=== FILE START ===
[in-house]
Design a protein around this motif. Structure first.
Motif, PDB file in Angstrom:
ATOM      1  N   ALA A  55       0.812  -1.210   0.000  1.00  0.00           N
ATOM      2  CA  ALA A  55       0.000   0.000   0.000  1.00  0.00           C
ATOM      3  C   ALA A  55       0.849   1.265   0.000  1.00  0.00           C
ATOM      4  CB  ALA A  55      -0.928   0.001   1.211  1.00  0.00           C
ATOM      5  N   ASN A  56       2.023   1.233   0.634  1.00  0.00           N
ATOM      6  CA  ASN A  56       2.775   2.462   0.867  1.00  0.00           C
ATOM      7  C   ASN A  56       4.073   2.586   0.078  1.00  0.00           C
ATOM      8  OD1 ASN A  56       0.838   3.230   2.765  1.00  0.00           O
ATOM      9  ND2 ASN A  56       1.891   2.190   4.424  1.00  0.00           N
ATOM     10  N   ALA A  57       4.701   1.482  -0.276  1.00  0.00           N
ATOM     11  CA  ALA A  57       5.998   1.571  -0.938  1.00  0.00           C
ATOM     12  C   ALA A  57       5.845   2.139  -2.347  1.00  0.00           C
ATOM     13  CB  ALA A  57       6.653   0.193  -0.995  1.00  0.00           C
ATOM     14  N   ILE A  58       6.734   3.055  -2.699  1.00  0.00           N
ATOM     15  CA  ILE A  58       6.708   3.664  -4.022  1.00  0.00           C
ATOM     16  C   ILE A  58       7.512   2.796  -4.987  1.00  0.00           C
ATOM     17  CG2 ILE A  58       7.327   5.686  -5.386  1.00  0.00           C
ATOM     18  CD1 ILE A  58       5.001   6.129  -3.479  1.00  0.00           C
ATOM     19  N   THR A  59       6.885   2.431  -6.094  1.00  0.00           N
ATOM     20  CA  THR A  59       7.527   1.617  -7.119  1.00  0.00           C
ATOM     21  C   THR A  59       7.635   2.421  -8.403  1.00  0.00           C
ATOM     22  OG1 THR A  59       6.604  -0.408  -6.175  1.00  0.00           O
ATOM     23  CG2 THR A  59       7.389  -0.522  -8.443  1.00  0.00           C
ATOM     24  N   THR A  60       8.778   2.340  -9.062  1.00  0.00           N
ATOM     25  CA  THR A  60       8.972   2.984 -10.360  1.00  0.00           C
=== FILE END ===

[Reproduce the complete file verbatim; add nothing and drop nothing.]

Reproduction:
[in-house]
Design a protein around this motif. Structure first.
Motif, PDB file in Angstrom:
ATOM      1  N   ALA A  55       0.812  -1.210   0.000  1.00  0.00           N
ATOM      2  CA  ALA A  55       0.000   0.000   0.000  1.00  0.00           C
ATOM      3  C   ALA A  55       0.849   1.265   0.000  1.00  0.00           C
ATOM      4  CB  ALA A  55      -0.928   0.001   1.211  1.00  0.00           C
ATOM      5  N   ASN A  56       2.023   1.233   0.634  1.00  0.00           N
ATOM      6  CA  ASN A  56       2.775   2.462   0.867  1.00  0.00           C
ATOM      7  C   ASN A  56       4.073   2.586   0.078  1.00  0.00           C
ATOM      8  OD1 ASN A  56       0.838   3.230   2.765  1.00  0.00           O
ATOM      9  ND2 ASN A  56       1.891   2.190   4.424  1.00  0.00           N
ATOM     10  N   ALA A  57       4.701   1.482  -0.276  1.00  0.00           N
ATOM     11  CA  ALA A  57       5.998   1.571  -0.938  1.00  0.00           C
ATOM     12  C   ALA A  57       5.845   2.139  -2.347  1.00  0.00           C
ATOM     13  CB  ALA A  57       6.653   0.193  -0.995  1.00  0.00           C
ATOM     14  N   ILE A  58       6.734   3.055  -2.699  1.00  0.00           N
ATOM     15  CA  ILE A  58       6.708   3.664  -4.022  1.00  0.00           C
ATOM     16  C   ILE A  58       7.512   2.796  -4.987  1.00  0.00           C
ATOM     17  CG2 ILE A  58       7.327   5.686  -5.386  1.00  0.00           C
ATOM     18  CD1 ILE A  58       5.001   6.129  -3.479  1.00  0.00           C
ATOM     19  N   THR A  59       6.885   2.431  -6.094  1.00  0.00           N
ATOM     20  CA  THR A  59       7.527   1.617  -7.119  1.00  0.00           C
ATOM     21  C   THR A  59       7.635   2.421  -8.403  1.00  0.00           C
ATOM     22  OG1 THR A  59       6.604  -0.408  -6.175  1.00  0.00           O
ATOM     23  CG2 THR A  59       7.389  -0.522  -8.443  1.00  0.00           C
ATOM     24  N   THR A  60       8.778   2.340  -9.062  1.00  0.00           N
ATOM     25  CA  THR A  60       8.972   2.984 -10.360  1.00  0.00           C